The petition opposed the widespread introduction of financial checks outlined in the Gambling Act review white paper. Jockey Club chief executive Nevin Truesdale registered the petition in early November.
By the end of November, the petition had passed 100,000 signatures, the number required for parliament discussion. A debate has now been scheduled for 26 February after it was discussed in Westminster Hall last Tuesday.
Julie Harrington, chief executive of the British Horseracing Authority (BHA), responded: “The fact that our survey reached the required 100,000 signatures threshold in just 27 days is powerful testament to the strength of feeling shared by bettors over the proposed checks.
“While we support the need to protect individuals from the risk of gambling-related harm it remains the case that millions of people enjoy betting on horseracing without suffering any ill effects.
“The BHA will therefore continue to push for changes to the Gambling Commission’s proposals on affordability checks to protect the sport’s financial future and limit the impact on racing bettors.”
Impact of affordability checks
The much-maligned affordability checks mentioned in the white paper have led to strong industry criticism. Andrew Rhodes, chief executive of the Gambling Commission, stated financial checks were dominating responses to the white paper consultations.
A survey found almost half of respondents were prepared to switch to the black market should affordability checks be implemented. Rhodes claimed those arguments were overstated.
In its November announcement of the petition, the Jockey Club estimated affordability checks could cost the racing industry £250m (€291m/$318m) over the next five years. It also claims bettors may have to prove they can afford to gamble if they lose £1.37 a day.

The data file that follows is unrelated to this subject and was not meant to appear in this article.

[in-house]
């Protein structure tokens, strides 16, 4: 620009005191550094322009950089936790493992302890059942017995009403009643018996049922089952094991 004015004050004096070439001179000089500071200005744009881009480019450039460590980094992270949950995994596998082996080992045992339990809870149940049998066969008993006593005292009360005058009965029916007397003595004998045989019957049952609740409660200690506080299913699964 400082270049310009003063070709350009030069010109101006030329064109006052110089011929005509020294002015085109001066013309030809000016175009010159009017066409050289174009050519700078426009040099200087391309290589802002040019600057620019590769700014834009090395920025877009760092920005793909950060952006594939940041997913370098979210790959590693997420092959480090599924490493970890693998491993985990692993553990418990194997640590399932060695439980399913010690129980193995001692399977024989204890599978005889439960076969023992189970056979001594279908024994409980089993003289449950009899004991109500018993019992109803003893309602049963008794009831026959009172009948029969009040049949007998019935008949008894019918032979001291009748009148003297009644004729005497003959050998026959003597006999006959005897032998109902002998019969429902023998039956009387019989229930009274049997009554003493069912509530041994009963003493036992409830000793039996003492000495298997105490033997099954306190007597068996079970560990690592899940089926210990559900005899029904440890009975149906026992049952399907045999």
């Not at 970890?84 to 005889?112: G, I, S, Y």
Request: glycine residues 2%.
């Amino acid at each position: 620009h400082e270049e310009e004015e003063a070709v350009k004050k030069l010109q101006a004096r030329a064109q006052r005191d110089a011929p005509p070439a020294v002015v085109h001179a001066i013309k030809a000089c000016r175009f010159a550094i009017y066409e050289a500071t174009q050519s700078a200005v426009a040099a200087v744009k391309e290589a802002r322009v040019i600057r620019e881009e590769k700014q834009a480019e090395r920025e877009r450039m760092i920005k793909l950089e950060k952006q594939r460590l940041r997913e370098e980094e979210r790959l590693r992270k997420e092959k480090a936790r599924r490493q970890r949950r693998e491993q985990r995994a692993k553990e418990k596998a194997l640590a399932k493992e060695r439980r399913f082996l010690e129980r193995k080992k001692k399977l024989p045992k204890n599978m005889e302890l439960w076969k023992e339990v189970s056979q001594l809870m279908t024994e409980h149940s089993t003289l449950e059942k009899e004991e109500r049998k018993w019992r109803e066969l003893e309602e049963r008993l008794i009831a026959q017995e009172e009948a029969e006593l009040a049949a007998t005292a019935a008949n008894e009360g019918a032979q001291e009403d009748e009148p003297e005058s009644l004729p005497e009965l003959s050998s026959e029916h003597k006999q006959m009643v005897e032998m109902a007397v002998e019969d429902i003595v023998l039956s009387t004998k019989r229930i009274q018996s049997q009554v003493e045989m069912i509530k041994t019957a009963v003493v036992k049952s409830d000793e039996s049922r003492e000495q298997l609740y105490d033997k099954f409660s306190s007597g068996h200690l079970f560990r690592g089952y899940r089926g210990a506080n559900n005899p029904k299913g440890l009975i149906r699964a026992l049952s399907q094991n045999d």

In countering the horse racing industry’s opposition towards affordability checks, Rhodes highlighted the Patterns of Play research. The report states that the most profitable one per cent accounts for 70.4 per cent of gross gambling yield (GGY).
The issue, however, is what defines an “active” and “dormant” account. Many of the accounts opened in the UK are only used a few times a year for major betting events, rather than by regular customers.
Rhodes walking the tightrope
The white paper’s release in April 2023 committed to increase regulatory powers to combat illegal gambling in the UK.
However, David Brown, a UK industry veteran since 1976 and former executive trading director for William Hill, Coral and LadbrokesCoral, told iGB in a recent interview that affordability checks are indeed driving vulnerable players towards the black market.
“This present scenario of potentially highly intrusive affordability checks is likely to encourage illegal operators within Britain,” Brown said. “There is no room for complacency here.
“A wise position would be to be alive to the threat of illegal activity and work collaboratively as an industry to identify it and prosecute under the law.
“Stopping illegal traffic through geo-blocking and advertising into the country is a good place to start.
“However, that will not halt British bettors engaging with betting operators outside the GC’s jurisdiction. This also does nothing to identify any black market non-digital betting within Britain.”